- Hometown: Summersville, WV
- Undergraduate Degree: Chemistry from Shepherd University
- Residency: Internal Medicine, West Virginia University
- Special Honors: Member of AOA Medical Honor Society and Gold Humanism Honor Society (GHHS) Inducted in to Alpha Omega Alpha Honor Medical Society, March 2013
1. What made you decide to get your MD degree and be a part of the MedStep program at WVU? What part of the program was appealing to you?
I was interested in contributing to the state where I grew up. I also felt that it was a good place to go to school and that I would have the opportunity to give back to my community. Morgantown feels like home to me. The early decision with the MedStep programhelped me achieve my goal of getting into medical school, and I was able to meet a lot of the faculty at WVU before I made my final decision. When I was an undergraduate student at Shepherd University, I had the opportunity to go to Guatemala with the Eastern Campus through MedStep, and I was able to see WVU's commitment to International Health.
2. Now that you are in the MD degree program. What is your favorite part?
I like the emphasis on community service because it helps me feel like my degree is worthwhile. It's nice to know that the time I put into school enables me doing something good with the things I've learned.
3. What made you want to become a doctor?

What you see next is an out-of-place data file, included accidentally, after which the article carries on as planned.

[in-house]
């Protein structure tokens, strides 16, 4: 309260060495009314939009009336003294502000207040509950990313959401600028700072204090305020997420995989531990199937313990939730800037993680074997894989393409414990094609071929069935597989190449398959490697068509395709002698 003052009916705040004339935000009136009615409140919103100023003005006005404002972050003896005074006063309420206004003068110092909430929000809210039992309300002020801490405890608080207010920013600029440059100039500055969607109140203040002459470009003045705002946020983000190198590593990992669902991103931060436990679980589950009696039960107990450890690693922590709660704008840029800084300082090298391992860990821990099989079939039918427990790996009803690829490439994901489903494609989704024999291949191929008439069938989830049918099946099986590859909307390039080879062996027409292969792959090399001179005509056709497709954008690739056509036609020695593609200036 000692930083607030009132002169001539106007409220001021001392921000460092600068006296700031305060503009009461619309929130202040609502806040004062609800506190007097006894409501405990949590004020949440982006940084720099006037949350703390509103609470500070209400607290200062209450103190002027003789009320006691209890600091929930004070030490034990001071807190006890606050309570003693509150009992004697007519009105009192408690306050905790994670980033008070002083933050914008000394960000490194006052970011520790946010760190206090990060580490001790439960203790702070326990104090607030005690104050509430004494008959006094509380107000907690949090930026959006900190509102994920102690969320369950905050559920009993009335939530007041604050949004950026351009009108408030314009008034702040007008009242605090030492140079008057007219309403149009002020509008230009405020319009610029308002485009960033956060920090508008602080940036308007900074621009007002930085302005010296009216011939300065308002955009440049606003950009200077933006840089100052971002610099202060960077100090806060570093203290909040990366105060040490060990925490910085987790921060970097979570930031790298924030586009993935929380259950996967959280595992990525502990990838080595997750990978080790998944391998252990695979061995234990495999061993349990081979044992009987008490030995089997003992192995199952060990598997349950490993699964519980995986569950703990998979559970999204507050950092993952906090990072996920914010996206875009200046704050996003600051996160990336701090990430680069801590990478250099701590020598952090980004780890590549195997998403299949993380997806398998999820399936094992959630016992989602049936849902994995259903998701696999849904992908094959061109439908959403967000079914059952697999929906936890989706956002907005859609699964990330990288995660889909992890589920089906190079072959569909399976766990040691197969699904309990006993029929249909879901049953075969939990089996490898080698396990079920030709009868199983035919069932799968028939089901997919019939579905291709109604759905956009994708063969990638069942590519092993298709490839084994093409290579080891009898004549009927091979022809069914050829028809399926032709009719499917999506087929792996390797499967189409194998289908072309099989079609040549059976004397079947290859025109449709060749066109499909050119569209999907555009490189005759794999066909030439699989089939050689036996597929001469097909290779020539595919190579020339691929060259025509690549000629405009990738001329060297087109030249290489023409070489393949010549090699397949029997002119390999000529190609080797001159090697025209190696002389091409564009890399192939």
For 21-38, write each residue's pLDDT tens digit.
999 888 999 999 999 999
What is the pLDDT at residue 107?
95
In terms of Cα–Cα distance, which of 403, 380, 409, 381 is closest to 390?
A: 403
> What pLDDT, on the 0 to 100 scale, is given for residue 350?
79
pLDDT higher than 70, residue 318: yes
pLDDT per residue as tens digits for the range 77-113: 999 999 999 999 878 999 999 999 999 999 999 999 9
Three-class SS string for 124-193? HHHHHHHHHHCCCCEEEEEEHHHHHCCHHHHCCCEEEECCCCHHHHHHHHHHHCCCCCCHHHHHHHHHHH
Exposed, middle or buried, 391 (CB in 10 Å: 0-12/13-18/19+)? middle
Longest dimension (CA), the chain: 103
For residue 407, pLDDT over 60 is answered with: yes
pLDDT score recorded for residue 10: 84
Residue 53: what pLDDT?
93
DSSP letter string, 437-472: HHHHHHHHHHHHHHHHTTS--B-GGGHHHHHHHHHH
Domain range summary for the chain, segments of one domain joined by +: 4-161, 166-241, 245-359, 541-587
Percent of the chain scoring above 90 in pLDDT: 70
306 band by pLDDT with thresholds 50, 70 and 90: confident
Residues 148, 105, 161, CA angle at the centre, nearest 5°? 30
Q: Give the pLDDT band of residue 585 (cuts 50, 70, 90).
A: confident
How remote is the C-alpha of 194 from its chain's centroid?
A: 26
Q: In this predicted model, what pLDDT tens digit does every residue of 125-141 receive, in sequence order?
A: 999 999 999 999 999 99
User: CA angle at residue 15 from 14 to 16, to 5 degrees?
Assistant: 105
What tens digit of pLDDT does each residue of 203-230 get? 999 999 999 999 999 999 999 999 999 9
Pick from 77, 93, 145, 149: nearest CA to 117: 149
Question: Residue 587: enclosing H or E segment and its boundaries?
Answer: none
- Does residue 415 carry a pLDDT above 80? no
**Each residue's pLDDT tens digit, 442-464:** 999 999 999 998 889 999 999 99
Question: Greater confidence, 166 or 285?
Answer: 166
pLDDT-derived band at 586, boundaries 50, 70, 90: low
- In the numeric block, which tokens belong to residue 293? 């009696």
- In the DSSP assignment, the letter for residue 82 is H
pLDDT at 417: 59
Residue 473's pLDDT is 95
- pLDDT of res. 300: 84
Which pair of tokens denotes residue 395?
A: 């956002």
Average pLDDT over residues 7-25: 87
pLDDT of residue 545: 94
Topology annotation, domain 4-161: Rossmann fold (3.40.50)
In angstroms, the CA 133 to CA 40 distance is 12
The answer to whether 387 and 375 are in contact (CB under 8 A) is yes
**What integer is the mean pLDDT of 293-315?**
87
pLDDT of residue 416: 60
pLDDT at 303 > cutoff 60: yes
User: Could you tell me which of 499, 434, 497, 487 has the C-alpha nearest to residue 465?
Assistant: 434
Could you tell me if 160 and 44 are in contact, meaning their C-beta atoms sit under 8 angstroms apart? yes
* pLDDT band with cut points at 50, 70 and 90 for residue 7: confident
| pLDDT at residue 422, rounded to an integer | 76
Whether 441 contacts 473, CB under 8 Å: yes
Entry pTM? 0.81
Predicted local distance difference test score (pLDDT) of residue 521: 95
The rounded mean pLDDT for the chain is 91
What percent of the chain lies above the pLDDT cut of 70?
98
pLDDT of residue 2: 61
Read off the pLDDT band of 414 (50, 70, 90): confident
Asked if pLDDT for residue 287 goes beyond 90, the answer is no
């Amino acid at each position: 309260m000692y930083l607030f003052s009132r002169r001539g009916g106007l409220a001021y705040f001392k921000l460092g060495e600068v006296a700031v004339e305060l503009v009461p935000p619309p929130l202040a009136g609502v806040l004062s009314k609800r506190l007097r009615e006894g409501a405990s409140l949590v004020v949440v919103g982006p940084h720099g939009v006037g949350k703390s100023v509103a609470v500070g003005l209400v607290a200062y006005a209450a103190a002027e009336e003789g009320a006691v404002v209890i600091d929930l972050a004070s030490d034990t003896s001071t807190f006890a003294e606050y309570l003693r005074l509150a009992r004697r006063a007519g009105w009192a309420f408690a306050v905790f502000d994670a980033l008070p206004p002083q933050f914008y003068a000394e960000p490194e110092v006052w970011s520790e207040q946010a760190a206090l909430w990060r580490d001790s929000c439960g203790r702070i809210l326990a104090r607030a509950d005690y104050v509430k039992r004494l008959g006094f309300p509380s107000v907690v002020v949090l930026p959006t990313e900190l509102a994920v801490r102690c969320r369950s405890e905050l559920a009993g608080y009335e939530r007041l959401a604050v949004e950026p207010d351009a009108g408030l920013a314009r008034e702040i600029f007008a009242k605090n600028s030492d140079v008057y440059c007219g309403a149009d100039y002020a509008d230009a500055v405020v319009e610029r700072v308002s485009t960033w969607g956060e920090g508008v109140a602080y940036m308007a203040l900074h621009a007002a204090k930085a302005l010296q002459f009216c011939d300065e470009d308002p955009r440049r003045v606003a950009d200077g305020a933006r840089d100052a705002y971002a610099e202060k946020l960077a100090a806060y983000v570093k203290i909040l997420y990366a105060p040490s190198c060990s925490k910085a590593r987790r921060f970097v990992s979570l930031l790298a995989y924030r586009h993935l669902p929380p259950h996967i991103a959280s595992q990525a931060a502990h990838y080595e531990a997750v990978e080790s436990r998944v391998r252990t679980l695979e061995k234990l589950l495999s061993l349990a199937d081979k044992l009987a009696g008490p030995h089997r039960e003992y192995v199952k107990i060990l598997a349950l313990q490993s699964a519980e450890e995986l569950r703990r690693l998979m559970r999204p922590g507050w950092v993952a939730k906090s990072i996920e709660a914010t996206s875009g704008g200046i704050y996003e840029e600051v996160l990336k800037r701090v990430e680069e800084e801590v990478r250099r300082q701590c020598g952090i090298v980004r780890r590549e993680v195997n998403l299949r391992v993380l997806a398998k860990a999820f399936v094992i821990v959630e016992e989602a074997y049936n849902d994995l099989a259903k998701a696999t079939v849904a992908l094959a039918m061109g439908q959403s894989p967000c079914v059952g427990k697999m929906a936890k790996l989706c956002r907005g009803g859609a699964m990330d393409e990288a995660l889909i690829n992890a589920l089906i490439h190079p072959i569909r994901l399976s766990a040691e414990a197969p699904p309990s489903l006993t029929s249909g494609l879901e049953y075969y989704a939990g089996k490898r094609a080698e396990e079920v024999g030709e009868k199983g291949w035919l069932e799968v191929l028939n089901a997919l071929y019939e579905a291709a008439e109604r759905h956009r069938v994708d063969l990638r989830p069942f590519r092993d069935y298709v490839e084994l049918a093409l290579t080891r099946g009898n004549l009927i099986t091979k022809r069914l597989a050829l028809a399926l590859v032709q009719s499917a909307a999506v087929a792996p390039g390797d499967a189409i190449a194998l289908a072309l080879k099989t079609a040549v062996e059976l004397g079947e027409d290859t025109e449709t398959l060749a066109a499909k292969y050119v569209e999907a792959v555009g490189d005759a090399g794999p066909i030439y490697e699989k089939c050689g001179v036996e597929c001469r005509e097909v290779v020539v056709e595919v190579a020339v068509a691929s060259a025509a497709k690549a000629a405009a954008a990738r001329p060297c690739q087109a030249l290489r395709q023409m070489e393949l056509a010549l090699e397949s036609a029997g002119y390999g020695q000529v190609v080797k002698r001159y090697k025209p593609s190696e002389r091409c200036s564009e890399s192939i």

I've known that I wanted to be a doctor since I was six years old when my pediatrician gave me stitches. I think it's a worthwhile profession to be able to try and make someone feel better.
4. Medical school takes up a lot of time. How do you balance school, home, and social life?
I make sure I take part of the day for fun things that enables me to just zone out and enjoy myself. You need a balance in your life.
5. Do you think the community service requirement is beneficial to the program? How so?
Yes, you get a lot of exposure to different areas of medicine through community service. It is an added benefit to the curriculum. It puts the amount of time you spend on school into perspective.
6. Are you involved in any student organizations? If so, do you think they have added to your experiences, and how so?
I have recently taken over president of Physicians for Human Rights. It has added to my experience; I have been able to make a lot of contacts and have broadened my career goals from the issues that the organization brings. PHR is able to bring up issues in medicine that you never hear about from any of your classes.
7. What are your goals after graduating?
To get a job; I don't know what field I want to go into, but most likely will end up doing something in global health. I believe that when you learn specific skills related to medicine you should help people that do not have adequate healthcare so that you can make a little difference in their life. I want to help people receive access to health care.
8. What is your favorite thing to do outside of school?
I love to be outside and do anything outdoors. Free running is my newest hobby.
9. Do you have any advice for anyone who wants to attend medical school?
If it is truly what you want to do, I think it is a very rewarding career. Shadow doctors and make sure it is what you want to do before you make the commitment to attend medical school.
10. What was so appealing about the MedStep program? Would you recommend it to someone else?
Yes, the program is designed to help you get into medical school. It helps the process along and gives you additional exposures to medicine before medical school while you complete your undergraduate studies. It helps you become more focused.